“I looked up at it and froze,” he said, acknowledging that a lot of people were jumping over the fence or trying to get out of its way.
He posted a couple of videos of the bull on his FaceBook page on the internet.
Eventually, the animal was corralled in a furniture vendor area from whence it was finally loaded up and taken away.
Reynolds said that the ride operators, Houghton Enterprises, did an excellent job trying to get people out of harm’s way moving them up to the space where the bumper cars were and anywhere else they could be safe.
However, not everyone was lucky enough to get out of the way.
Doris Henke was one of the individuals hospitalized, knocked from her motorized wheelchair by the charging bull, her son Jason Henke said Monday night.
“She was blindsided,” he said.
Mrs. Henke, a paraplegic who was sideswiped and leapt over by the animal, suffered bumps and bruises all over her body, and received 12 stitches on her head, according to her son.
State police said some of the people were injured from direct contact with the bull, while others sustained injuries while attempting to flee from it. Four individuals not treated byEMSpersonnel later called Harford fair officials to report injuries sustained as a result of the incident, police said.
Harford Fair officials are in the process of gathering additional information, Reynolds said.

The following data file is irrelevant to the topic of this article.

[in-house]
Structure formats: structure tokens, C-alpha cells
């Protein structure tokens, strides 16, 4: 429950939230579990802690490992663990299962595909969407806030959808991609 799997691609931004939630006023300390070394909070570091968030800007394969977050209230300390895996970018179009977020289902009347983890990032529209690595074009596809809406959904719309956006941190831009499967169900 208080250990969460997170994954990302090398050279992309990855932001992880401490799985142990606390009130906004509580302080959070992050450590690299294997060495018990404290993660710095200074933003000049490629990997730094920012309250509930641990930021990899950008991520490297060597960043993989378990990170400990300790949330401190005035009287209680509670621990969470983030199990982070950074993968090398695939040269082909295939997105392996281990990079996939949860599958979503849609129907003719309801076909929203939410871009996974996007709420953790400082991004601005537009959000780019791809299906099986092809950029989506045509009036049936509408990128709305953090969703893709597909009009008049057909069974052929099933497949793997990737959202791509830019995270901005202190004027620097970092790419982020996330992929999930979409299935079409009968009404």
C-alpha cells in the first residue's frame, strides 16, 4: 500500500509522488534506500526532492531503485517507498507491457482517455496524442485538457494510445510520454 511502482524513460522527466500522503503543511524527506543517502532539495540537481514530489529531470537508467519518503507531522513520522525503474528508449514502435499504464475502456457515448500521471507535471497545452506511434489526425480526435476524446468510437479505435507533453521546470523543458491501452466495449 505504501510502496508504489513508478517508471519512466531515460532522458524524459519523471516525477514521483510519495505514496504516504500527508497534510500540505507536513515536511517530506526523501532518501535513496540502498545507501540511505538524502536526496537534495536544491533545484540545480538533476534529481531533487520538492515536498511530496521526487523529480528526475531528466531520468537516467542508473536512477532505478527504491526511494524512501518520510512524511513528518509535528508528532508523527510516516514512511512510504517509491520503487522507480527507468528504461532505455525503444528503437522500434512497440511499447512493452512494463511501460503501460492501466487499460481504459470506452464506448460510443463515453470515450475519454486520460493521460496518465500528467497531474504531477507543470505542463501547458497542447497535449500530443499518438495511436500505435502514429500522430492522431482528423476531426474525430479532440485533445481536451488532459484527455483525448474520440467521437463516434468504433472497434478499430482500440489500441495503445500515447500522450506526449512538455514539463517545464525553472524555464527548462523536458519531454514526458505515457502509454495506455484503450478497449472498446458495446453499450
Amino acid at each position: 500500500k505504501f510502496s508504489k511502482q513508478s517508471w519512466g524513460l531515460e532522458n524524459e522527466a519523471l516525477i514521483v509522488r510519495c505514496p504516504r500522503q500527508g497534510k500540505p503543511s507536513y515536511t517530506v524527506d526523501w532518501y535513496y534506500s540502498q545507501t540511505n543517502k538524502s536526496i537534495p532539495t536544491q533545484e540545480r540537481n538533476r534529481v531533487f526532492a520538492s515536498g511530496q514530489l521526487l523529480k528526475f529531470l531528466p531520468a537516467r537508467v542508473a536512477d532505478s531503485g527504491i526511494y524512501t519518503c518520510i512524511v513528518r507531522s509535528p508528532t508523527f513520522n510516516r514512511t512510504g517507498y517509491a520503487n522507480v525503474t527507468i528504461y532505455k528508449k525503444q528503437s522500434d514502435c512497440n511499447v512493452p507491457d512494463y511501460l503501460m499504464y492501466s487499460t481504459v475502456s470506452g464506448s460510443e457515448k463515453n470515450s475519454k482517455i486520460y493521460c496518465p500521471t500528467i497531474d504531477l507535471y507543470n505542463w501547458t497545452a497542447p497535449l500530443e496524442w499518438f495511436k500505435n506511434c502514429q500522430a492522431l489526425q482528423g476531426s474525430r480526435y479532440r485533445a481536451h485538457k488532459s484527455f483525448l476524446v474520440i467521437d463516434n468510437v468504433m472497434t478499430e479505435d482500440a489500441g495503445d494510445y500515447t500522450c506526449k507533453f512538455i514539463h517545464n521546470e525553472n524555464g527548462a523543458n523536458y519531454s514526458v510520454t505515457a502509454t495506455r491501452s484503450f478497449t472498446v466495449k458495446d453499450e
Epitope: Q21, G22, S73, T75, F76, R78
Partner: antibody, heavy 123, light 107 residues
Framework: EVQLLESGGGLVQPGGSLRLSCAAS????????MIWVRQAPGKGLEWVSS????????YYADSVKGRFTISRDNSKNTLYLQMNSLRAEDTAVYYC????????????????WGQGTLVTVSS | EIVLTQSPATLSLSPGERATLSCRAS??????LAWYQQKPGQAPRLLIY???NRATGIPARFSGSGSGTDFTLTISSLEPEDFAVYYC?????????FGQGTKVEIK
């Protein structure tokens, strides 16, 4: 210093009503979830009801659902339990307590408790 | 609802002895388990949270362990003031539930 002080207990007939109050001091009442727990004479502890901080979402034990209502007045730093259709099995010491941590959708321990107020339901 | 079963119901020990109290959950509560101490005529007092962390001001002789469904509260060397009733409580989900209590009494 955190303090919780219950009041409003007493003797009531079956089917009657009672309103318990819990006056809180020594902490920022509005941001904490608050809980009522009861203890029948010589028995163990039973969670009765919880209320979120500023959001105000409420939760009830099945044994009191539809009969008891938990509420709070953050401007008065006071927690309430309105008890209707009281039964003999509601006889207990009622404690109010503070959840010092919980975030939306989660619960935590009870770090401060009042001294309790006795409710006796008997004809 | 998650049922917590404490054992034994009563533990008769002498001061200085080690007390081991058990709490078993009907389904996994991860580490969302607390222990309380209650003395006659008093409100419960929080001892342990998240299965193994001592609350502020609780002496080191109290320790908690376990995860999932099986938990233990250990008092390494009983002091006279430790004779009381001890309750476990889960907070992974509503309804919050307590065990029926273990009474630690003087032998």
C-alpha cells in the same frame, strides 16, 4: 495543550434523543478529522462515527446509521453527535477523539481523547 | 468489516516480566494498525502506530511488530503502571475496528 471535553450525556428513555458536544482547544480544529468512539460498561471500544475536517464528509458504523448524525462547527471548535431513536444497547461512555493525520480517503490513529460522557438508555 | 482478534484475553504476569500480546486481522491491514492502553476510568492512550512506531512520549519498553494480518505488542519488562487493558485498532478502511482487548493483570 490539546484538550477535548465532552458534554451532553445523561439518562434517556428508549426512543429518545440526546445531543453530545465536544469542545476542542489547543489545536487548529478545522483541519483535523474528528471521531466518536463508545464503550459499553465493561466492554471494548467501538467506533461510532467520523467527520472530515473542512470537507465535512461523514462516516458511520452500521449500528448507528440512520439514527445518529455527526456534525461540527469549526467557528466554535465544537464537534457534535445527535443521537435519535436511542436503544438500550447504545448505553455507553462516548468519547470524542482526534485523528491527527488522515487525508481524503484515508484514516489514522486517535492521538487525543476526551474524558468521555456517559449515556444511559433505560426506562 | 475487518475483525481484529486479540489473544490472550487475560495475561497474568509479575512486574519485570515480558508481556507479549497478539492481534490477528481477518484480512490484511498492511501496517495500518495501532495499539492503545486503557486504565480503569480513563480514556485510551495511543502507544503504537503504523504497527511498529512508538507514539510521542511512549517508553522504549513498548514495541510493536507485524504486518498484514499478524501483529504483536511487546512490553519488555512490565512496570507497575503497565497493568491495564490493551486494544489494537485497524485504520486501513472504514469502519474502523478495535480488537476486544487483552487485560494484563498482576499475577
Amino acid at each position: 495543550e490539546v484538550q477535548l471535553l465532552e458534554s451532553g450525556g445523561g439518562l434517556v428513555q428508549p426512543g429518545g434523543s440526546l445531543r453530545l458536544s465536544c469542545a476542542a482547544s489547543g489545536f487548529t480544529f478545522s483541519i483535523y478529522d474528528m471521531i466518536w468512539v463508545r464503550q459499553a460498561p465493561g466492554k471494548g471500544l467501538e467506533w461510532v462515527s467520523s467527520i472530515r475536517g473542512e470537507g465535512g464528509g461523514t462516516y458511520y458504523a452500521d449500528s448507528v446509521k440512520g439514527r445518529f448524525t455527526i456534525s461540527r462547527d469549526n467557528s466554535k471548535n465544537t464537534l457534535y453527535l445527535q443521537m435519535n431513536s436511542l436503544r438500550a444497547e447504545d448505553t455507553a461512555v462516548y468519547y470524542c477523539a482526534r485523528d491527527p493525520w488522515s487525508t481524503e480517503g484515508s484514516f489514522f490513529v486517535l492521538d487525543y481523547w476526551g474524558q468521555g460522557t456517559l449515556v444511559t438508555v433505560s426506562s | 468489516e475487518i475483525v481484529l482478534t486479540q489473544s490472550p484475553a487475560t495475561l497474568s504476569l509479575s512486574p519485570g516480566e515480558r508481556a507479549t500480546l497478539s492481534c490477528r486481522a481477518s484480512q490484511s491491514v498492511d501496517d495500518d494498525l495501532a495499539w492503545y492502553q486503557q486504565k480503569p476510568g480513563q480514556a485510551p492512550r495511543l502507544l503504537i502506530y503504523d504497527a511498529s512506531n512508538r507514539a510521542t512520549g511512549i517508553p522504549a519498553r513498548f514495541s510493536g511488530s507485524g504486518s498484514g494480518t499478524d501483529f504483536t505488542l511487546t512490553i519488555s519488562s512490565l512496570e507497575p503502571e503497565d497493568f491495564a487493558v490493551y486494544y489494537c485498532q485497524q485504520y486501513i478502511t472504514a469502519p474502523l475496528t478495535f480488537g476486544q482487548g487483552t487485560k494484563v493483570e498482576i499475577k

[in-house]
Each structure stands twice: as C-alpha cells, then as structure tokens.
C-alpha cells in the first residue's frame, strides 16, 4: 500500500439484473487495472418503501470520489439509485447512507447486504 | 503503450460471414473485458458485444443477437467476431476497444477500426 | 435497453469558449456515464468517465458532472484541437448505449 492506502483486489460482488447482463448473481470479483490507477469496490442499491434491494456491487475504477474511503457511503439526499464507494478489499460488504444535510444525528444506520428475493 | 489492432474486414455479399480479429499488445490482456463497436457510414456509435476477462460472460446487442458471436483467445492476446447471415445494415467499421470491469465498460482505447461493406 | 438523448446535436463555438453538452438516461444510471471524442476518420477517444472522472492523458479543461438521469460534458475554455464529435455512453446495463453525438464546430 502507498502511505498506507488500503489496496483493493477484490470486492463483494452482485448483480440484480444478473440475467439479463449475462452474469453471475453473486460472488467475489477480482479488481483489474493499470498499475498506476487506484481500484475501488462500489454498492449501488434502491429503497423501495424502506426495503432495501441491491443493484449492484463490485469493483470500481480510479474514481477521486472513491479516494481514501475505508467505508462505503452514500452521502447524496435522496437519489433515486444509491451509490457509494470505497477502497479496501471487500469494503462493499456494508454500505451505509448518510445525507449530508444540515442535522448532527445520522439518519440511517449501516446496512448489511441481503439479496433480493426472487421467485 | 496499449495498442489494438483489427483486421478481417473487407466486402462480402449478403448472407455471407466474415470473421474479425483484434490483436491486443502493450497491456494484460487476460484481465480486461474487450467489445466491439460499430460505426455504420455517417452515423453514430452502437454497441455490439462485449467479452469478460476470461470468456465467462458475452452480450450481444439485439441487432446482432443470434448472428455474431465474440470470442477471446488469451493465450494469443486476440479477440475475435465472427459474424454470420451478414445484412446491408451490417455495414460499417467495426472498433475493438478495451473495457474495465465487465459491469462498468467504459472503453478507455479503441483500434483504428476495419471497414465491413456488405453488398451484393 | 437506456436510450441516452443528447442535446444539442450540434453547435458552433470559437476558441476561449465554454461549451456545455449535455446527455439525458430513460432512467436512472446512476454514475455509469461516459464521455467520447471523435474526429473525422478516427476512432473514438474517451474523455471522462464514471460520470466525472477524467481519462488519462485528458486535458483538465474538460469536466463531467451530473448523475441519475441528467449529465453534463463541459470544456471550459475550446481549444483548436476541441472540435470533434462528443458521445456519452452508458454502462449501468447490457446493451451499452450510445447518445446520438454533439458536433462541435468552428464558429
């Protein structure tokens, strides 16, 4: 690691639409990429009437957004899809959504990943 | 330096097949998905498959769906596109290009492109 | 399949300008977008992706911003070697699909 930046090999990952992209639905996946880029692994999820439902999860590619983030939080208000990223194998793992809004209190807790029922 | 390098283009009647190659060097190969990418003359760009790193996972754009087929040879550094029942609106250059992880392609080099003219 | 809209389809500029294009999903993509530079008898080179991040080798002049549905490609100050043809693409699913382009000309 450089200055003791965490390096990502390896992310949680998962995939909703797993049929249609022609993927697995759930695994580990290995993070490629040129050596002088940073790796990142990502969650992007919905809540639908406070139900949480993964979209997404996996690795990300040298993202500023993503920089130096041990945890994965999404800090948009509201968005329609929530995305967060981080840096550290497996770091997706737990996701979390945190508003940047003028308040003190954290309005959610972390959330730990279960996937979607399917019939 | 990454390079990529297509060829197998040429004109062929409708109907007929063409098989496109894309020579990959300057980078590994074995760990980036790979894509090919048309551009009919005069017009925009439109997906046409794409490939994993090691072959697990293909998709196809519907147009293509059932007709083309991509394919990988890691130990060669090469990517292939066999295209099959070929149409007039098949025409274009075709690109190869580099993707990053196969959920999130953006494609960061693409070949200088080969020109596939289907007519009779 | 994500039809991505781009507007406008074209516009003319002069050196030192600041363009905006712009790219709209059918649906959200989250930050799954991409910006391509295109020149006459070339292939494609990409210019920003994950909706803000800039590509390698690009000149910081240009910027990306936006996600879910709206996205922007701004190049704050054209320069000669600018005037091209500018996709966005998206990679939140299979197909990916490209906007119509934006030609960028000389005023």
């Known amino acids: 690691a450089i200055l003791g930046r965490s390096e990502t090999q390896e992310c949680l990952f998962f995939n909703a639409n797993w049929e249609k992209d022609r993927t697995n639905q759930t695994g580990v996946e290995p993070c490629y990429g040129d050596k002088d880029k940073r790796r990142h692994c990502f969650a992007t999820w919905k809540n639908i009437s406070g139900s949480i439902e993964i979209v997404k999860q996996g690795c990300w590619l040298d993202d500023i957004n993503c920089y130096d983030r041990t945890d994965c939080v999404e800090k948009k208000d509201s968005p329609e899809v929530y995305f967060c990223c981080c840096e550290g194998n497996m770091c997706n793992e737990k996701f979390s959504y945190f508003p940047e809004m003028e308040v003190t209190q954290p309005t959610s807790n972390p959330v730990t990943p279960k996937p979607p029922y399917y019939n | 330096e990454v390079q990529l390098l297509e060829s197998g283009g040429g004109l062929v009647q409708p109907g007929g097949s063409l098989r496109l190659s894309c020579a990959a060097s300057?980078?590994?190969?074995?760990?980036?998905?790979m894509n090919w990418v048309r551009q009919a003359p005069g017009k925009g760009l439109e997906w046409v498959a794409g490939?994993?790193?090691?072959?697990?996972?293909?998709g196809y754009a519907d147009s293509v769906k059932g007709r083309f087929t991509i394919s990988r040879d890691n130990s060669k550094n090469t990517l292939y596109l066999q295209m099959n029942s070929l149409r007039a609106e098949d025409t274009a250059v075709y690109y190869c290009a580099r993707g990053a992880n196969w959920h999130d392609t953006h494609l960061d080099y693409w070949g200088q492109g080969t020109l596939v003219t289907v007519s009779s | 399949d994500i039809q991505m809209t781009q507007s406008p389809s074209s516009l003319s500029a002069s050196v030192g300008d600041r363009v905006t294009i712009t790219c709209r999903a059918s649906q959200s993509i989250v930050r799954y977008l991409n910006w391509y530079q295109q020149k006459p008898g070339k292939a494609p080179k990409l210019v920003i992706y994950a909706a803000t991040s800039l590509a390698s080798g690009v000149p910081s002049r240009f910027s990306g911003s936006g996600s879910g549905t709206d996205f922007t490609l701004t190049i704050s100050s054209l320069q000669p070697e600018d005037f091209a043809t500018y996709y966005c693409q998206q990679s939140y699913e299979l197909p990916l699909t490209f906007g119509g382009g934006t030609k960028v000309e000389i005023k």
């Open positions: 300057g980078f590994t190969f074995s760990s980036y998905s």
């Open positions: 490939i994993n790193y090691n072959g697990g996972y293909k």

As far as the rest of the 155th Harford Fair, Reynolds said it was a very satisfying week.
She noted that in the exhibit areas this year, the Harford Fair gave out $30,000 in premiums, and she was pleased to note that around 1,500 exhibitors displayed about 7,000 items, which was “great.”
She said that some crafts were down a little, but fine arts and photography were way up as was jewelry, stained glass, woodworking and scrapbooking.
Reynolds noted that the rodeo and demolition derby were sellout events, and the illusionist at the Shade Pavilion each day was “very, very popular with fairgoers.”
She said that the public also had quite an interest in the crafting demonstrations in the log cabin, and a number of people shared with her that they were impressed with the exhibit area that the New Milford campus of Lackawanna College had set up.
More than just sharing information about the school’s gas drilling technology program, people were pleased to see lots of informational displays about how the Marcellus gas drilling process works and how pipelines are laid, Reynolds said.
She also noted that the baked goods auction brought in some $1700 for scholarships, and sales of a stained glass piece and some of the woodcraving efforts added even more funds to the coffers.
Reynolds noted that a “Zero-Turn Challenge” lawn mower event was immensely popular and the fair would likely continue that in the future.
As for food vendors, Reynolds siad she heard few complaints, and noted that starting around 6 p.m. Saturday, some vendors were starting to run out of food, which meant that most must have had a very good week indeed.
She thanked the community for its participation and she looks forward to seeing everybody for the 156th edition next year.
Times-Shamrock writer Katie Sullivan also contributed to this report.